The current tooltip is certainly terser than the help center (which is actually highly desirable), but it's not wrong: it refers to general usefulness, and doesn't attempt to narrow it to personal usefulness. So if users are misinterpreting that, it might be useful to tweak, but I think the suggestion is too long. And if it's too long, users will be less likely to read and properly understand it.

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  • You said "but I think the suggestion is too long. And if it's too long, users will be less likely to read and properly understand it". --- OK, that's a good point. Please provide an alternative tool tip you think would be good. Provide an answer that, IMO, will help make voting a better tool, and I'll even vote for your answer. :-)
    – JMichaelTX
    Commented Mar 10, 2016 at 8:51
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    I don't think personal usefulness is a bad criterion. I certainly downvote answers that are not immediately useful to me, and I don't see why this would be an undesirable trend. Obviously it would be unfortunate if Java programmers were going and downvoting all the C++ answers because they aren't interested in C++. But that's a pretty extreme manifestation. No tweak to the wording is going to help, people who are doing that know what they are doing is silly. Commented Mar 10, 2016 at 9:22
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    @CodyGray: Well, any similar situation where the voter does not have the problem described in the question, and does not have a sufficiently related current field of focus to glean anything specific from the answer, would seem to qualify. That still seems pretty silly, but that would be the point. Commented Mar 11, 2016 at 3:11
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The help center page does not reflect voting policy or culture. It should be changed to match the tooltip. Anybody can vote for whatever reason they want, and often times that is because the post is not helpful to them. This is the desired behavior and there is nothing that can be done about it.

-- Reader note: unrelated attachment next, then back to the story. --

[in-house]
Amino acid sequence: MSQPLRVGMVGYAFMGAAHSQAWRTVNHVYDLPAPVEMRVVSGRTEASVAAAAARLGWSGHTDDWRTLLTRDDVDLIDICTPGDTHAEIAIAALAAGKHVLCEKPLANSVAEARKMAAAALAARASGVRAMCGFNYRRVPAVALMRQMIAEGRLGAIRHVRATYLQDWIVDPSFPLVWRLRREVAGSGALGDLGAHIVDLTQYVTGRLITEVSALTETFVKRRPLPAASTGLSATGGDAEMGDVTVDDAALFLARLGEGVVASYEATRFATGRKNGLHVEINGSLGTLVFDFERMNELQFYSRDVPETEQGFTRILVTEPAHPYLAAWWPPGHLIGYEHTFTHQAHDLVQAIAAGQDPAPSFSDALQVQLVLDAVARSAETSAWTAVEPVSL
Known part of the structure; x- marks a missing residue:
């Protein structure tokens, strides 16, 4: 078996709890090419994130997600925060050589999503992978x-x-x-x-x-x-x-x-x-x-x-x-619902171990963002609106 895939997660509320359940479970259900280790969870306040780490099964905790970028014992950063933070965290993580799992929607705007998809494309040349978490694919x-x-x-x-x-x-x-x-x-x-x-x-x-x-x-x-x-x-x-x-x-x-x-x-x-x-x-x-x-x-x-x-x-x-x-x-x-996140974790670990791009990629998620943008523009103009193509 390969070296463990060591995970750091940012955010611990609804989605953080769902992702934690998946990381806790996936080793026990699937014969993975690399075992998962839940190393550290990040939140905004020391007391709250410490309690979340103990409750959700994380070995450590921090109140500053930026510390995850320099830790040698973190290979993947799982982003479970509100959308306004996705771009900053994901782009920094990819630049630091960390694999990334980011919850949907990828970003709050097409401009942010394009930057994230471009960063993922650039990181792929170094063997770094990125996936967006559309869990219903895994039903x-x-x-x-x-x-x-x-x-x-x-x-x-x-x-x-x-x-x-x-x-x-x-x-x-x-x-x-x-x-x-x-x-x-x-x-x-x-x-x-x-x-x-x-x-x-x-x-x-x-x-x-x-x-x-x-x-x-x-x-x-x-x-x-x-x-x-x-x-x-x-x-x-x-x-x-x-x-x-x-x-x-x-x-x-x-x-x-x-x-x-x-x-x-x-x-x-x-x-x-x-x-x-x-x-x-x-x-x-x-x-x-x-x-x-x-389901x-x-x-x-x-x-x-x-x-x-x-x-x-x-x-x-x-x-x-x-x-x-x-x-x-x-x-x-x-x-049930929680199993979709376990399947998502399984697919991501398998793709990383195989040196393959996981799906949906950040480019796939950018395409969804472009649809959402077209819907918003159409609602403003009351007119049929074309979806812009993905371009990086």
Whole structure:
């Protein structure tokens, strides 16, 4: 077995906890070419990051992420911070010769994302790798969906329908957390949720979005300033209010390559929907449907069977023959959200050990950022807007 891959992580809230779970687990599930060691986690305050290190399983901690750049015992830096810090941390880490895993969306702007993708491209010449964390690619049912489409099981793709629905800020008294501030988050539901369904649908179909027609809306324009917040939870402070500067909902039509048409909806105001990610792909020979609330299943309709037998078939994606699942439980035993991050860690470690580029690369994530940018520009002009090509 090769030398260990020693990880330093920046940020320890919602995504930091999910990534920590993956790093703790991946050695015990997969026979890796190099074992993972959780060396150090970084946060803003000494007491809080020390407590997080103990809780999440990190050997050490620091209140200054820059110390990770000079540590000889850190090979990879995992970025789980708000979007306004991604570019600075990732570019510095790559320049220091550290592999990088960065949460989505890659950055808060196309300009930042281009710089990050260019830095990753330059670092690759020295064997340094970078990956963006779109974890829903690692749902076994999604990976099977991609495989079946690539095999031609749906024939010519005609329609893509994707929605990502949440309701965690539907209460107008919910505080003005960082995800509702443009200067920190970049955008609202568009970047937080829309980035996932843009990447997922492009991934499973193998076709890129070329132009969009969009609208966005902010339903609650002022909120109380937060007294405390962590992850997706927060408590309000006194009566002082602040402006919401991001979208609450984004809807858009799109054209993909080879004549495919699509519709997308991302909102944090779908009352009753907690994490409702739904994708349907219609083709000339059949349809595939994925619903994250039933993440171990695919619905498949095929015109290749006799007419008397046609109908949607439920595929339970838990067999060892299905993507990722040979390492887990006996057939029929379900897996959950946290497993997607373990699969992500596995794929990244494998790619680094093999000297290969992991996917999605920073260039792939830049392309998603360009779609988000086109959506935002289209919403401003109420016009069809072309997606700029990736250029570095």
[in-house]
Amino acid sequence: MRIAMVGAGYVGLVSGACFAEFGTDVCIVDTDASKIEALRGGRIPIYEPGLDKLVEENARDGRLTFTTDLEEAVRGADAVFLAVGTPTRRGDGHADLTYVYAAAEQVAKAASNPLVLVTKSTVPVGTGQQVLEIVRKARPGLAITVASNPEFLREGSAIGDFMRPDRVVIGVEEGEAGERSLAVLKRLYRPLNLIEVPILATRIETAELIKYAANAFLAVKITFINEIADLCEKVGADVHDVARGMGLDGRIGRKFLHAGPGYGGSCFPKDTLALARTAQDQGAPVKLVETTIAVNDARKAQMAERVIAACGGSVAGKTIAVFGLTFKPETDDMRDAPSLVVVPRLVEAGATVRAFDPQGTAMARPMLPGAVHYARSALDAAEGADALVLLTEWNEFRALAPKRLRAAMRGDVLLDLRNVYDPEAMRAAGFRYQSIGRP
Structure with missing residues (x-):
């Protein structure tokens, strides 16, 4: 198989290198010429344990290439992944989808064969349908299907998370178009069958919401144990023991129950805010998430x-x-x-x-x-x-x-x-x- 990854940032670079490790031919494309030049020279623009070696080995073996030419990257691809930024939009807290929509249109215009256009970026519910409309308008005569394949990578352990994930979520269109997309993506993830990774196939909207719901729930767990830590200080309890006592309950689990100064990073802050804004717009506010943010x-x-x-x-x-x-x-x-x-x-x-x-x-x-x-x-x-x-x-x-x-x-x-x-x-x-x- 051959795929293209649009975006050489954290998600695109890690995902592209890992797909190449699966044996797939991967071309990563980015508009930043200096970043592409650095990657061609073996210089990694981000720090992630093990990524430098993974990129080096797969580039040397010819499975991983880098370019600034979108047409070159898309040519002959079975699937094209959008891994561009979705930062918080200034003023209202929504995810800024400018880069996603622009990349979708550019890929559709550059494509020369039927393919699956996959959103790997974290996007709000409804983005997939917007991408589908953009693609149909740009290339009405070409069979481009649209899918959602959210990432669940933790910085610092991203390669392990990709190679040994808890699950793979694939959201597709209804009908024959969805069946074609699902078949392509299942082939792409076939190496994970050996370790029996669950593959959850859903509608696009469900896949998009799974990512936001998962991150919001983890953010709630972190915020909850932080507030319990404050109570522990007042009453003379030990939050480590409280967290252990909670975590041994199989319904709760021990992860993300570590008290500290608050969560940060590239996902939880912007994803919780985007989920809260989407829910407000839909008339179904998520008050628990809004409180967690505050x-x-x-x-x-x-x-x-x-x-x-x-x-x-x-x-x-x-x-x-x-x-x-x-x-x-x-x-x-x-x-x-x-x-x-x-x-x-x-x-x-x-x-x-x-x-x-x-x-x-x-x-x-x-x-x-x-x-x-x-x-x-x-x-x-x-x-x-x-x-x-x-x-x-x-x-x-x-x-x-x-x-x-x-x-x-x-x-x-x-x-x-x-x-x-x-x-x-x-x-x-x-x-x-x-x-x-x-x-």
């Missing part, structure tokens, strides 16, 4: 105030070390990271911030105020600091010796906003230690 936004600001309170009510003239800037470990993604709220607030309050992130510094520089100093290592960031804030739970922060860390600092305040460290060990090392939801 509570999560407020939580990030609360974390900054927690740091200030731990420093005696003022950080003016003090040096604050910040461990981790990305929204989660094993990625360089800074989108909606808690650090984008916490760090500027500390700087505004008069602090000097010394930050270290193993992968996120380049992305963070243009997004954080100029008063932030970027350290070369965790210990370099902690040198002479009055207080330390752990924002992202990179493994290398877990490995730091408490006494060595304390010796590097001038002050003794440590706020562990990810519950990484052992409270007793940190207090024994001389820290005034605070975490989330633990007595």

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    That whole help page about downvoting is entirely misleading. In fact some mods won't take your flags seriously if you don't down vote, yet that help page states that you shouldn't downvote if you flag.
    – user4639281
    Commented Mar 10, 2016 at 4:19
  • @bjb568: You said "Anybody can vote for whatever reason they want" --- Of course they can, but the question is shouldn't there be some reasonable criteria for DownVoting that is at least suggested that we all follow? If people downvote just because they got up on the wrong side of the bed that morning, or it's not how they would have answered the question, then what value is downvoting? If it is just based on the irrational whelms of the person, it is worthless.
    – JMichaelTX
    Commented Mar 10, 2016 at 8:58
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    How would a mod know if you had downvoted? I've never personally had a moderator act inappropriately on a flag I've raised because of how I voted on the post. Commented Mar 10, 2016 at 9:23
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    @CodyGray The flag summary lets mods know what action(s) have been taken on it (including down votes)
    – Clive
    Commented Mar 10, 2016 at 13:23
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    @CodyGray Pretty sure yeah, it does on the site where I'm a mod and I can't think of a reason that would be different on SO. I'm talking about the moderator list of flags specifically, and probably the contextual per-page popup that mods get as well. I'm with you though, I don't know of a policy or practice to deny flags on posts that haven't been down voted